PS PS  I can still sell the ten dollar battery that blew for ten bucks even if it cost me 20 bucks in gas to get it to the salvage yard.

Offline jamie aust

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Re: Batteries, help a newbie
« Reply #5 on: September 30, 2014, 05:19:30 PM »
As this is my first go at RE, I dont want to waist money on things that just dont work.
I also want to be able to learn ( play ) with some cheap batteries first, just in case I do something wrong....
This is what I can get here in Brisbane, Australia.
Used 6v / 220 AH $109 each ( am I correct that I should stay clear of these then ? )
New Apex ( Trojan ) 6v / 220 AH $180 each
New Trojan T105 6v/ 225 AH $208 each

24V bank

Im looking at a bank of 4 in series first, then put another bank of 4 in Parallel with the first bank.
If others could reply with what brand they use, that would be helpful for me.

thanks

Offline MadScientist267

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Re: Batteries, help a newbie
« Reply #6 on: October 01, 2014, 11:09:49 PM »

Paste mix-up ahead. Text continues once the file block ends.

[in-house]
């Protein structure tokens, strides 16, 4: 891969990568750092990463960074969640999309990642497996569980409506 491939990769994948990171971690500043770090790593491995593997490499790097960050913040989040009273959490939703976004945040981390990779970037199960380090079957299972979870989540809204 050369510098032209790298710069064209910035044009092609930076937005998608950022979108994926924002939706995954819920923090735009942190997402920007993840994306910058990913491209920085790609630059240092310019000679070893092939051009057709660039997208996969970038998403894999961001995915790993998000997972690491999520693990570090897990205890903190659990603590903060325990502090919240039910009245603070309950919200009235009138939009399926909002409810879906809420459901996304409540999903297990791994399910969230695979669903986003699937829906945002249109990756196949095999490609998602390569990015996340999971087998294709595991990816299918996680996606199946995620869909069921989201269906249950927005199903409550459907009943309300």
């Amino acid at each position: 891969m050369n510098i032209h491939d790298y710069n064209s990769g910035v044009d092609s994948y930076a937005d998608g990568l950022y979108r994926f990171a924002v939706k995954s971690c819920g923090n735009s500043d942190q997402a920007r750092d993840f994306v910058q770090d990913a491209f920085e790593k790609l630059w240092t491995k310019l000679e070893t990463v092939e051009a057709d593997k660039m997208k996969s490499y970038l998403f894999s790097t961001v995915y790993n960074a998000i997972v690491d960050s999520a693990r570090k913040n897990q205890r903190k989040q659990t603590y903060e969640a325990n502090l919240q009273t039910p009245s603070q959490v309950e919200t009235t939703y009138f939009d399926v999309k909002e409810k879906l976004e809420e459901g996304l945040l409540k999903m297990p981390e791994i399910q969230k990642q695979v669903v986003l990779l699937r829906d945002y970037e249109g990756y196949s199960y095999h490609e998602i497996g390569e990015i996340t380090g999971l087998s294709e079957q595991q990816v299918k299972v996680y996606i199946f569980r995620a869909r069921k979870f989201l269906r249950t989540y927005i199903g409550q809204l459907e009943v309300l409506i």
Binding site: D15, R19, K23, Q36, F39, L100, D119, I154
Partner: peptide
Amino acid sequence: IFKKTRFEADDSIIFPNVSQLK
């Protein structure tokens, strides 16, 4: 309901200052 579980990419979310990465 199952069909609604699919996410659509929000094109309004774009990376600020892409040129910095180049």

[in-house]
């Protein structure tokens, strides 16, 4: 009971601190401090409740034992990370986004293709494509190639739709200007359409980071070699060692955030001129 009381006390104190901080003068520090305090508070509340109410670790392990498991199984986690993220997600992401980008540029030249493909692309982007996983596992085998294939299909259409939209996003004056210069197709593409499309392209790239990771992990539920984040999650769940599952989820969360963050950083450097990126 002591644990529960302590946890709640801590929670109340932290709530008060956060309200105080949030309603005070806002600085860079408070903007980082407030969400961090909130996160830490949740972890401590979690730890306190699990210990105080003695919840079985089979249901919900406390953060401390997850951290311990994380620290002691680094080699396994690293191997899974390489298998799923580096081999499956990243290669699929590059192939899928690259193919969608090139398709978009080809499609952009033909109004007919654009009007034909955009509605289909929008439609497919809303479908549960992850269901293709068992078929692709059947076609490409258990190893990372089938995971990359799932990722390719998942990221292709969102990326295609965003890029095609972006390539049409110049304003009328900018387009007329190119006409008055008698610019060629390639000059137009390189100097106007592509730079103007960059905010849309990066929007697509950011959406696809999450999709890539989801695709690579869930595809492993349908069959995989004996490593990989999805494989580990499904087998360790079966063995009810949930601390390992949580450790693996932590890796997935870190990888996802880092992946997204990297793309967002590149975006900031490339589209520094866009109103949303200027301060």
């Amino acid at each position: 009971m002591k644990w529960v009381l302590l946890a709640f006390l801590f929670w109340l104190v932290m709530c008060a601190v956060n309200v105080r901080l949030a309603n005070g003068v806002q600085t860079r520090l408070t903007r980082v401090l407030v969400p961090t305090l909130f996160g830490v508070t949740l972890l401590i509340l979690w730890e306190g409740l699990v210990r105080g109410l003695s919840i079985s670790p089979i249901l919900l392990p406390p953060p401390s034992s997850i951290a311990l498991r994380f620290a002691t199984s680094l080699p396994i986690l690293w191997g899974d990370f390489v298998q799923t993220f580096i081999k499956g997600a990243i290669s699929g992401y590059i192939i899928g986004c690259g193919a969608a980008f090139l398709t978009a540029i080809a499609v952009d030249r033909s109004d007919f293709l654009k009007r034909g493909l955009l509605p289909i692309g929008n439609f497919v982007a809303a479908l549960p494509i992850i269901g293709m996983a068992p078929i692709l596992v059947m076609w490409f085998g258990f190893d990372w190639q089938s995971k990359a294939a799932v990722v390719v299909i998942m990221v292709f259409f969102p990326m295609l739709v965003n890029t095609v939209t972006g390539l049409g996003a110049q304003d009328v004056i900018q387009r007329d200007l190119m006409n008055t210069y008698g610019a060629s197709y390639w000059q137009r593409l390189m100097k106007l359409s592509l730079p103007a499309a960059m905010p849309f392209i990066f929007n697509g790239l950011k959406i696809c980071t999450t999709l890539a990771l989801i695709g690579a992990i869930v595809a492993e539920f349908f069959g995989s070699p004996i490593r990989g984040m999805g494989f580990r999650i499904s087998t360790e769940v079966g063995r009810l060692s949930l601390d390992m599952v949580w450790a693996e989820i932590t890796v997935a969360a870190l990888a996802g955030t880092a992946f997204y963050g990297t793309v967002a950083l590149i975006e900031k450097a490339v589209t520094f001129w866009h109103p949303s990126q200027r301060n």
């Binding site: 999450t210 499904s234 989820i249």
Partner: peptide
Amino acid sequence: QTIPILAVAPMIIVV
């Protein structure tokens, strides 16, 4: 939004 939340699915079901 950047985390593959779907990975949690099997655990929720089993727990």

Jaime -

I'm not a seasoned vet just yet, but well on my way as a wannabe... that said, I'm running a pair of RayOVac SLIGC125s currently, 6V/235Ah, nominal 12V. They've been good to me, this will be their third winter and they're still enduring, bought them as a set, new.

There are mixed stories about used batteries out there... personally that's the one component of the system I avoid used like the plague... it's difficult to near impossible to determine the remaining health without putting them thru their paces a couple times and seeing how they react.

Just my take on it, from learning the hard way on earlier smaller systems. Some report fantastic success, I'm not one of them.

As Oztules pointed out, new or used is an easy kill for the first go round... even as forgiving as flooded is, it still has it's limits. That said, I agree with the sentiment of at least using flooded. Sealed cells (AGM/SLA) are much less tolerant of abuse.

For what that's worth ;)

Steve
Wanted: Schrödinger's cat, dead and alive.

Offline tomw